Indian School of Business Prof on ‘Flipped’ MBA Classrooms
Business education is about to flip, says Indian School of Business Professor Arun Pereira, who predicts the days are numbered in which MBA students sit passively in lecture halls, soaking up (or not) the brilliance of their professors as it emanates from behind the lectern.
In a recent Economic Times piece, Pereira writes that advances in technology and new research on effective learning practices are ushering in more effective methods for getting tomorrow’s business leaders to synthesize the material and attain deeper levels of learning. Traditional lectures are passe, says the ISB professor, who notes that more and more of his colleagues are recording short lecture clips with voice-overs that students view prior to class so they arrive primed for active learning activities—a flip of the traditional classroom model.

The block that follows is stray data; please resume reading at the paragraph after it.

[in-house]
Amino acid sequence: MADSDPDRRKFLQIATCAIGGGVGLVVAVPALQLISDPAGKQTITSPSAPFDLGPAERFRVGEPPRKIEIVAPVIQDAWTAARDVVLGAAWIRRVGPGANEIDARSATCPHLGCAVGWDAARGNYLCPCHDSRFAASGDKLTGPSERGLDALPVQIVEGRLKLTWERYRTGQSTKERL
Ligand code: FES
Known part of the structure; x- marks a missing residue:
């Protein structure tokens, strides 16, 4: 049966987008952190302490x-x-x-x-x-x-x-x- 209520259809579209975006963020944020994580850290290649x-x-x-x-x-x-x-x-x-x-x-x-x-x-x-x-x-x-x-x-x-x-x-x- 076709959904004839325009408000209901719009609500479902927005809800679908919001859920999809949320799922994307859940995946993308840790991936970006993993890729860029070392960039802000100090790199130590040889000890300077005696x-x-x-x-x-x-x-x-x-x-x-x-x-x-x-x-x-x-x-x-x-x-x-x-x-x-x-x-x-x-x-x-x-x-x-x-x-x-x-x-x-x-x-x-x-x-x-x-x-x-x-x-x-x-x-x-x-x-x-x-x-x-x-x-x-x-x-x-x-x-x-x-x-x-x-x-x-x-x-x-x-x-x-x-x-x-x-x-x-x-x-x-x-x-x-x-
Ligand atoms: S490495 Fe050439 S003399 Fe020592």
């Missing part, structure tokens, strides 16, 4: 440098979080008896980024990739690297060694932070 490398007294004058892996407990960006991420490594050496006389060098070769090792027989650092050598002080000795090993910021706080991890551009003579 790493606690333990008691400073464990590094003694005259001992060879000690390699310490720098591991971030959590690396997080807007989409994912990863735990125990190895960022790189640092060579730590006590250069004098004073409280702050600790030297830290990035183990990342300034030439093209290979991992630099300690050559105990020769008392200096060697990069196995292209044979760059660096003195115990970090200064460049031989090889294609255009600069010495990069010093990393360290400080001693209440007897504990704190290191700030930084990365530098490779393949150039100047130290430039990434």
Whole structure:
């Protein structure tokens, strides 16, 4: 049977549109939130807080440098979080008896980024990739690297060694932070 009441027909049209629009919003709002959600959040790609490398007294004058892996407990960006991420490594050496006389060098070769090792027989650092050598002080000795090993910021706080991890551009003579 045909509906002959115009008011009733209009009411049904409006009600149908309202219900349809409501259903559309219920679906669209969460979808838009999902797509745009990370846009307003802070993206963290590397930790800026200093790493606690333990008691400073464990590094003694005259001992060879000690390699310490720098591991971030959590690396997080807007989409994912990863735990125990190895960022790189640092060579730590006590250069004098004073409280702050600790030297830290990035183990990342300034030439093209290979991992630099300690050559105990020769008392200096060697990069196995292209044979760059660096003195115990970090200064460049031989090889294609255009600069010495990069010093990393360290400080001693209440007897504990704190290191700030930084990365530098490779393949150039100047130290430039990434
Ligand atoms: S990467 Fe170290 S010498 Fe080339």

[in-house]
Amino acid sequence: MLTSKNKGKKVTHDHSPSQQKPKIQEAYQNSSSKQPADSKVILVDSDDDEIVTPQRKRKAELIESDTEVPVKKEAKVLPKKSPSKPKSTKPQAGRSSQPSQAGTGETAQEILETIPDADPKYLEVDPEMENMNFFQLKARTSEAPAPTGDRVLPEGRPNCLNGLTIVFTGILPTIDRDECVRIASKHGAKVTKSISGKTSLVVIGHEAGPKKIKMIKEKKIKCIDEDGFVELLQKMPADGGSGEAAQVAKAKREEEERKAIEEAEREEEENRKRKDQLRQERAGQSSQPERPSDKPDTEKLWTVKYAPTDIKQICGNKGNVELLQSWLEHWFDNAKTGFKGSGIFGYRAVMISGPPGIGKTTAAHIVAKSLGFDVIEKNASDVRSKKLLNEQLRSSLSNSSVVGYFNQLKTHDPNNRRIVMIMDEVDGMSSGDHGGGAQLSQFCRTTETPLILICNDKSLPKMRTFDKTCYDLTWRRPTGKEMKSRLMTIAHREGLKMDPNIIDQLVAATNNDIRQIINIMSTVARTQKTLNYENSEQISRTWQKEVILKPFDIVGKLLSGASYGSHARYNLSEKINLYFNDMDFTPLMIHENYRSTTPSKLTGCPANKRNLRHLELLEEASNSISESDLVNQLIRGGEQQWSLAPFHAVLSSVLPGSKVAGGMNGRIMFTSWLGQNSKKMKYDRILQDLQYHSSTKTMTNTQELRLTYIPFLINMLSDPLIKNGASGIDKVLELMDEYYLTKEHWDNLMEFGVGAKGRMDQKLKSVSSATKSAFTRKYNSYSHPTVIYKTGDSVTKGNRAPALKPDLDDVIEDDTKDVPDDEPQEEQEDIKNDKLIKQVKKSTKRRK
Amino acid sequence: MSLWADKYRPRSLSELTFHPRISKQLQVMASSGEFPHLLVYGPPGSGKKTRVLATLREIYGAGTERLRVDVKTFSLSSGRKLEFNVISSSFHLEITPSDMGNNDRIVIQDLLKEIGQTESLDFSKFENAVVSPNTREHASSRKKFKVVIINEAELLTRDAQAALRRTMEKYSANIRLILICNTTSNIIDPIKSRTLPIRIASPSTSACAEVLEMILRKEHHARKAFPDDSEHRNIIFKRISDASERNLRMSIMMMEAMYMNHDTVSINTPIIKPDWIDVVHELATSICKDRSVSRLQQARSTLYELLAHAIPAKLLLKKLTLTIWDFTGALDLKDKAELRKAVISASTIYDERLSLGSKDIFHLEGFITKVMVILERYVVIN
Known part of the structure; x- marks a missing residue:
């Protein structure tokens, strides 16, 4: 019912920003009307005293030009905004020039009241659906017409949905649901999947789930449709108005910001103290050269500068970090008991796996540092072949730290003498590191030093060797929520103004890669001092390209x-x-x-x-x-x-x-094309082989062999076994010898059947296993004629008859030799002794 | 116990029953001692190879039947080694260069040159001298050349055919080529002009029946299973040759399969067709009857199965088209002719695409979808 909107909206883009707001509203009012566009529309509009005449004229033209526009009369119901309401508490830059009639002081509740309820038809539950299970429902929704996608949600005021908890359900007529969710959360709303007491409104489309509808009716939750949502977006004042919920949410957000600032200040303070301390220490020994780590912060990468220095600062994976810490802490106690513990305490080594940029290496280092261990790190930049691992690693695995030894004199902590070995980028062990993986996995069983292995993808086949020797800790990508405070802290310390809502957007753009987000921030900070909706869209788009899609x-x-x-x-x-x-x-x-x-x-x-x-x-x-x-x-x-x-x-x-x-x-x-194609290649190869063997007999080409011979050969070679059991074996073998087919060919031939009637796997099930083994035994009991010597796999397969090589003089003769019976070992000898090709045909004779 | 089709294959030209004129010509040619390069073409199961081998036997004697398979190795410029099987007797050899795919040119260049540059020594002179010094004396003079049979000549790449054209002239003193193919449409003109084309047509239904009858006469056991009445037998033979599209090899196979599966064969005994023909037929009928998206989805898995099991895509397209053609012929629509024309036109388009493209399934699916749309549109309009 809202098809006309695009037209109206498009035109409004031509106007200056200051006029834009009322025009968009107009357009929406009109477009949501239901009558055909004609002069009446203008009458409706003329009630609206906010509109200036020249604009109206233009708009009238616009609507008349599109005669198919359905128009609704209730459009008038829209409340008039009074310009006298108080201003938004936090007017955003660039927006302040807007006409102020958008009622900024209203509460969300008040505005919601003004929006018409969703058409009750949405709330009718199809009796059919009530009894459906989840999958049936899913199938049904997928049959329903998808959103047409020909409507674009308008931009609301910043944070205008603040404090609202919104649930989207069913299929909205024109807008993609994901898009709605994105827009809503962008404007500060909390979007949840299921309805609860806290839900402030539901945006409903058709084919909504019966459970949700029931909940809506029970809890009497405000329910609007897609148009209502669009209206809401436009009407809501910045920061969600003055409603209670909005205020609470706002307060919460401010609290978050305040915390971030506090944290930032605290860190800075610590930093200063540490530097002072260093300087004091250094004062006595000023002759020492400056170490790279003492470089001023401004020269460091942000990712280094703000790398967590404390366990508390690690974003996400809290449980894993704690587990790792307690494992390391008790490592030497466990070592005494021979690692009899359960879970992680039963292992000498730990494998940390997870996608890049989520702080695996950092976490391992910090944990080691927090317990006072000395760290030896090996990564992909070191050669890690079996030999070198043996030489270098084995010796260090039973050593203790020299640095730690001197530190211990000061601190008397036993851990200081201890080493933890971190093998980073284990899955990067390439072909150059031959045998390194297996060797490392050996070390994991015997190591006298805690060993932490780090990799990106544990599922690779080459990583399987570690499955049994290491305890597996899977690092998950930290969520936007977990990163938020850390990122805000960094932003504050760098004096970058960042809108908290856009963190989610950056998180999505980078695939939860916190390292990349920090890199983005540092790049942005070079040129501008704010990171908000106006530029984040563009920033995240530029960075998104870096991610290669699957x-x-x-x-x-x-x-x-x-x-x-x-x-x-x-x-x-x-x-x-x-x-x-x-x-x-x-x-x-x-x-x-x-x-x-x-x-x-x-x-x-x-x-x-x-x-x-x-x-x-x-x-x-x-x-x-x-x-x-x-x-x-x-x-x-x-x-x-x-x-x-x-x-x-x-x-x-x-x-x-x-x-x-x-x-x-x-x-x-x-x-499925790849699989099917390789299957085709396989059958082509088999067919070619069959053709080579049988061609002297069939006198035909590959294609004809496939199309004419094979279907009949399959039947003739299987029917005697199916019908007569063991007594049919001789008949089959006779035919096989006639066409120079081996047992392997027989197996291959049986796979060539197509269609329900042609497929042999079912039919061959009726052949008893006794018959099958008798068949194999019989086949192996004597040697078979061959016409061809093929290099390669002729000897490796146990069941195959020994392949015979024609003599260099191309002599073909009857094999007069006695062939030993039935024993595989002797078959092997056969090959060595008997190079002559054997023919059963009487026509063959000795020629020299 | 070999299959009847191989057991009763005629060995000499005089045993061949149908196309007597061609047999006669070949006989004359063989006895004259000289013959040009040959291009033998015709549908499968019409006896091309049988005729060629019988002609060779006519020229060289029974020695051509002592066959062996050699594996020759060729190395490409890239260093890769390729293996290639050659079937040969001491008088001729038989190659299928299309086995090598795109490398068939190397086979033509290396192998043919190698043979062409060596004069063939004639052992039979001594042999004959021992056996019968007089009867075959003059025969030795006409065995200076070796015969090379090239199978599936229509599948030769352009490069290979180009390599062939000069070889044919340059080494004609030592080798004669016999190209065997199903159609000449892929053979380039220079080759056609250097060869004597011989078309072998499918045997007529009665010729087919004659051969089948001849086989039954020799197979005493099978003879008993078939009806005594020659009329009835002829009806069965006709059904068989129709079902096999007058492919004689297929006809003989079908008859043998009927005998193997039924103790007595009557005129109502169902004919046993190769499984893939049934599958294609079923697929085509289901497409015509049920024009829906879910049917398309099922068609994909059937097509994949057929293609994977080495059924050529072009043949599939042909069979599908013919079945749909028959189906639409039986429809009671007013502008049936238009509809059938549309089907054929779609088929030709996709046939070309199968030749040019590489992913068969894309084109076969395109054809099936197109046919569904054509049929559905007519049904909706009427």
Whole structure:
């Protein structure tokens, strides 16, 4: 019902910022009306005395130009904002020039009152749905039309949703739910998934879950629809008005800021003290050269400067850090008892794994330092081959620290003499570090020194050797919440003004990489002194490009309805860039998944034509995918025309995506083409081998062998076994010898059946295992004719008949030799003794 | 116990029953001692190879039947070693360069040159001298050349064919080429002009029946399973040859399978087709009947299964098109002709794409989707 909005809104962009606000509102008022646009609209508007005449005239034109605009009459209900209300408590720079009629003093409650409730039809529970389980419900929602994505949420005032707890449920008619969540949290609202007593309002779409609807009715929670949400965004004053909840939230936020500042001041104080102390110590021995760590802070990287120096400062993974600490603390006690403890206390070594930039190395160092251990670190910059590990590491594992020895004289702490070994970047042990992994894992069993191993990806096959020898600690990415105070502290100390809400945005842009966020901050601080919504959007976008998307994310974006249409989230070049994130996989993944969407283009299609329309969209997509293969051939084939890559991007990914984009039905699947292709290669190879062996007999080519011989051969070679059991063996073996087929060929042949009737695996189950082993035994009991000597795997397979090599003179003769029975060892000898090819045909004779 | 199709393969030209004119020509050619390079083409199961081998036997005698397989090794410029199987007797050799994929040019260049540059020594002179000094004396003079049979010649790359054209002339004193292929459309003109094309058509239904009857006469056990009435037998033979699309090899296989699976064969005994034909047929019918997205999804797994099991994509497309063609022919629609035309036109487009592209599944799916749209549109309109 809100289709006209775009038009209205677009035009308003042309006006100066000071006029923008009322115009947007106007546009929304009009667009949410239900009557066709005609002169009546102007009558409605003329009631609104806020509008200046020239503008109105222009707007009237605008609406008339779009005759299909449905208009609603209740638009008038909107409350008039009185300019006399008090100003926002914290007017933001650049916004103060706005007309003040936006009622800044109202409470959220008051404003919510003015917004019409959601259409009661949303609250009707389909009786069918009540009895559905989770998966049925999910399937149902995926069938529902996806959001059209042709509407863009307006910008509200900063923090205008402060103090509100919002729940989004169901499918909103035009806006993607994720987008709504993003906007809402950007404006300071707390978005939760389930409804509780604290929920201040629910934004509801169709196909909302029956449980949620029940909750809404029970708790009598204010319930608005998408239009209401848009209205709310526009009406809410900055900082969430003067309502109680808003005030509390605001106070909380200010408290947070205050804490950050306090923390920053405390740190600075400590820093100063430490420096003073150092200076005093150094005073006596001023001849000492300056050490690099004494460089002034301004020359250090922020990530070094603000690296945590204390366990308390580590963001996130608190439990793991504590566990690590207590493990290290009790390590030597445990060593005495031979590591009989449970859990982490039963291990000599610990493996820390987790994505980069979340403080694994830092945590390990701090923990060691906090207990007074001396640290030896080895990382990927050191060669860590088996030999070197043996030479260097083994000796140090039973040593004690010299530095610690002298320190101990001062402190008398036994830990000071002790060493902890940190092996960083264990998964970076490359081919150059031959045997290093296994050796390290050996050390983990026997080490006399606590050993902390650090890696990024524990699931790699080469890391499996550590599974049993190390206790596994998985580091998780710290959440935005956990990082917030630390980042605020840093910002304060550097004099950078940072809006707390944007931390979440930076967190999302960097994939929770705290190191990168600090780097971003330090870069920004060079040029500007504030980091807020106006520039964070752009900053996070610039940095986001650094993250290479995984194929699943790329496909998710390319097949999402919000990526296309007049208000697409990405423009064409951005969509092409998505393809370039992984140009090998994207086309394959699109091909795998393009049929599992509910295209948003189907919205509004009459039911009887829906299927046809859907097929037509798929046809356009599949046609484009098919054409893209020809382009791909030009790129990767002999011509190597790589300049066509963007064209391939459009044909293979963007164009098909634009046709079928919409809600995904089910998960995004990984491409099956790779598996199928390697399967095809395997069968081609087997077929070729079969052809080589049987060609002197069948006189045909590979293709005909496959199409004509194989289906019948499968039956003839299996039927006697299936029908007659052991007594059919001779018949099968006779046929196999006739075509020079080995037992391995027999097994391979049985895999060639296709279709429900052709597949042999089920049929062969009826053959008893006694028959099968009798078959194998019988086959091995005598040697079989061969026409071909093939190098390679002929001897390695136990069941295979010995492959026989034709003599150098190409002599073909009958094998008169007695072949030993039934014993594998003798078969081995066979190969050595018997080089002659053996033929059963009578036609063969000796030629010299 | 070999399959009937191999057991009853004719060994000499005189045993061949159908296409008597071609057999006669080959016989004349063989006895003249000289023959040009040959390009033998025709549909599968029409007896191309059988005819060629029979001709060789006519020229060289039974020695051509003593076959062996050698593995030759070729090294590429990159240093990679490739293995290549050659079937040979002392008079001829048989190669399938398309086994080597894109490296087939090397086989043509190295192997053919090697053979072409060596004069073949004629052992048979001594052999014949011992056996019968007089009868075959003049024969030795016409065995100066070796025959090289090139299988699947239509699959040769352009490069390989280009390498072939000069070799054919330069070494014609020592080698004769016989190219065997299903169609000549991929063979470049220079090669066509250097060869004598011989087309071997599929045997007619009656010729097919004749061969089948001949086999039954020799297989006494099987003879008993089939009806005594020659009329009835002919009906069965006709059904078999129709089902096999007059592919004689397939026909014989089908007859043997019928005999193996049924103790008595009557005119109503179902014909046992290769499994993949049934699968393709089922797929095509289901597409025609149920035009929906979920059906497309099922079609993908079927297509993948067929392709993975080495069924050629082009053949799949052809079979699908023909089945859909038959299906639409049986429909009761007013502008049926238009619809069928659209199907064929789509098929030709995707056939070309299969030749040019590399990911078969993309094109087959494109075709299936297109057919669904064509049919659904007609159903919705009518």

As MBA programs increase the flexibility of their curricula and offer joint courses across disciplines, business students in the future may find themselves sharing coursework with others who have no interest in management. Pereira believes this mix in the classroom will require greater innovation to meet the needs of such diverse groups.
Citing the commonly accepted wisdom that the best way to learn something is to teach it, Pereira says more business school classes should be taught using role-playing and prototyping so that students teach key concepts more organically than exams and quizzes might.
“Questions in exams that require students to simply reproduce information are generally not valuable in ensuring impactful learning,” says Pereira. In order to go beyond the expected, or the status quo, students should be expected to pose questions as part of the answer to indicate that they’ve reflected on the issue sufficiently to ferret out complexities that might not be immediately obvious.
This approach works far better, he explains, because “It molds students into thinking and questioning managers, and builds a constant thirst for knowledge that is the foundation for life-long learning—critical for any manager or executive.”